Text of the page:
Bourdain: Man Unknown

People die all the time. Celebrities too. And when we hear that we tweet a RIP. A quick Facebook post, maybe. We change the DPs, maybe. But, we move on. The world doesn’t stop for anyone. Still, some deaths, more than others, makes us want to ask of ourselves the questions of legacy: our own legacy.

Anthony Bourdain, Chef turned Travel/Food writer and TV host, a firey opinionated free-spirit, who afforded many of us a vicarious trip into many corners of the world, died today. By all accounts, death by suicide. A man I knew only from his biographical books, opinion pieces, and TV shows. And yet a man who seemed like a spirit friend. And I know I’m not alone who’s lost a part.

A part unkown.

A free spirit finally tamed by the inner demons.

I rarely cry for celebrities. But as I read the outpouring of love and despair on social media over this man whose life was unlike possibly anyone’s who’s mourning him right now, it’s hard to see clearly the letters that I’m typing. It’s hard to keep the strands together in my head, and to put them into words.

My love affair with his words started with his book “A Cook’s Tour: In Search of the Perfect Meal”. It was love at first sight. Bourdain’s capacity to present slices of different cultures got me hooked. This was before I knew anything about him. Even that he had written the best selling Kitchen Confidential. Or nothing about his TV shows. I was fascinated. I had to read Kitchen Confidential, which charmed me too. And onto other books, and finally his Parts Unknown show with CNN. I do not watch too much TV. In that, I do not watch much of travel/food shows, and the likes. But Bourdain had me at the first look, and I kept vicariously traveling with him, to different parts. From Scotland to Marseille to Hanoi to Greek islands, to Beijing and Moscow, and so on. What set him apart from many other hosts was how he got people really talking, and the unusual cast of visitors on his shows, his empathetic listening, and not to forget his absolute reverence to local food traditions. Food for him was a communion of sorts, one would be forgiven to believe — a communion in spirit for a hardened atheist.

There are tons of memorable moments in Parts Unknown. Two come to my mind.

One, from what seems like a completely different era, when Obama, then still the president, made an appearance on the show, filmed in Hanoi, Vietnam, in a non-descript restaurant, learning from each other (Obama learning the noodle slurp, Bourdain the ketchup law for kids growing up). It was such a surreal exchange, and yet so natural.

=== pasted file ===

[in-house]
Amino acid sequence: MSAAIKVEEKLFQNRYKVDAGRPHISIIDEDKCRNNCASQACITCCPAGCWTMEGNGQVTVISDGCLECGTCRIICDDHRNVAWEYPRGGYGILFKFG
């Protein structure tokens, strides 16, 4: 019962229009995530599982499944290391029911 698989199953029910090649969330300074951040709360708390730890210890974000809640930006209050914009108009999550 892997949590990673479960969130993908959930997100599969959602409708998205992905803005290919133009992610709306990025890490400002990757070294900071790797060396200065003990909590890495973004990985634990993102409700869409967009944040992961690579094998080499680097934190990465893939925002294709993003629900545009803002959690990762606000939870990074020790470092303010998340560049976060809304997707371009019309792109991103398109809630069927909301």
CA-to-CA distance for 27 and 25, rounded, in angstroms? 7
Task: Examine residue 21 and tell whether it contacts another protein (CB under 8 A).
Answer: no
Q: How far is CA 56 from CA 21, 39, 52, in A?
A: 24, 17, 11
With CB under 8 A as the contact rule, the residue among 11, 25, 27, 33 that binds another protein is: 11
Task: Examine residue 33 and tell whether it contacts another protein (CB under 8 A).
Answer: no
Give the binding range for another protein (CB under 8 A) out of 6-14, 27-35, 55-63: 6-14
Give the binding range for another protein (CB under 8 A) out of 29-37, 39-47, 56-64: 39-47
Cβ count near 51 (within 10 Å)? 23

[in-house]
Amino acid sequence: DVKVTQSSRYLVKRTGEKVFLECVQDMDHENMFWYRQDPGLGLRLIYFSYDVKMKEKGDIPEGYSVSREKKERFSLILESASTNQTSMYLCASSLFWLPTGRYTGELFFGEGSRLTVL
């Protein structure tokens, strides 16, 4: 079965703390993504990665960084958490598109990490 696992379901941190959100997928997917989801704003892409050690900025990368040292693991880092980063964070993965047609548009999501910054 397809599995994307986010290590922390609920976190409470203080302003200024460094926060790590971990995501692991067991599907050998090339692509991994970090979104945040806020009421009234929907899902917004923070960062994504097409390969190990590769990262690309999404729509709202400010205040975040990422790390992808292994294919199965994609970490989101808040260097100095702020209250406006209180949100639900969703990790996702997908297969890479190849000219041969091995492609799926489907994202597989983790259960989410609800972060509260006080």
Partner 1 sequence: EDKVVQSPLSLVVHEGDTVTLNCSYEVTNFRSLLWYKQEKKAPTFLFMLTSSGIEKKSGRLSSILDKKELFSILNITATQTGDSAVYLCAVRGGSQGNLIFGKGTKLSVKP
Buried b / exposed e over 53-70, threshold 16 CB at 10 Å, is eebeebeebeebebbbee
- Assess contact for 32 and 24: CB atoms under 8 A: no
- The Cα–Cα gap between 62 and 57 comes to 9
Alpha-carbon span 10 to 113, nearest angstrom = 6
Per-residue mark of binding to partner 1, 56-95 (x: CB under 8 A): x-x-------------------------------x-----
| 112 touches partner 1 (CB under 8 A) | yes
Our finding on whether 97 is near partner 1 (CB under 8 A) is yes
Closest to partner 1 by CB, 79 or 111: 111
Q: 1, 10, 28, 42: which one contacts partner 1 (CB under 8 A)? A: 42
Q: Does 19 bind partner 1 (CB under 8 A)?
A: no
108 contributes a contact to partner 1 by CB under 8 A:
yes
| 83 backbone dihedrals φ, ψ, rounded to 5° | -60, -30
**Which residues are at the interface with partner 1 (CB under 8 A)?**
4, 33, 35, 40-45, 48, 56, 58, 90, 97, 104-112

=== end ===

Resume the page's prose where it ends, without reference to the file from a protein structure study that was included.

The other was the Rome episode where both my wife and I sensed an undeniable chemistry between Bourdain and Asia Argento (we didn’t know they were dating, or who she was). I googled after the episode, and learned they were indeed dating.

This still from the show probably speaks a lot more than we’ll ever know. Filmed at Palazzo dei Congressi, he and Asia Argento discuss the facist past of the country, and an optimism about human beings. There is a poignancy to it that will always haunt me now.

ANTHONY BOURDAIN: PARTS UNKNOWN

Talking to a friend on Twitter, these lines tumbled out of me:

Some people, although you don’t know them, seem like they were a you in another possible world. You’re of course wrong. But grief doesn’t work with that knowledge.

Anthony Bourdain was really a total stranger, but his death doesn’t feel like that. I will miss him. I so wish his fight with his inner demons were better known to people around him, and they could have helped him in it. The fight that he lost today, never to fight another fight — someone who wasn’t afraid of taking on fights (as he very recently did for Asia). I just hope there are more worlds after, because, if anyone should be visiting them, it’s his restless soul.

5 thoughts on “Bourdain: Man Unknown

  1. healingpilgrim says:

    What a beautiful and bittersweet tribute. Thank you for pouring out your heart and sharing the photos and video clip too; that was a classic moment for sure. I only wish you (as in the general you of society too) would use the term “death by suicide” rather than “killing himself”; it removes the quasi-criminal element and clarifies that it was, yes, a death, but by this manner – as much as it could have been by cancer, heart attack or stroke. I feel that people who have reached their edge (and most especially their survivors) need all the compassion we can find in our hearts..

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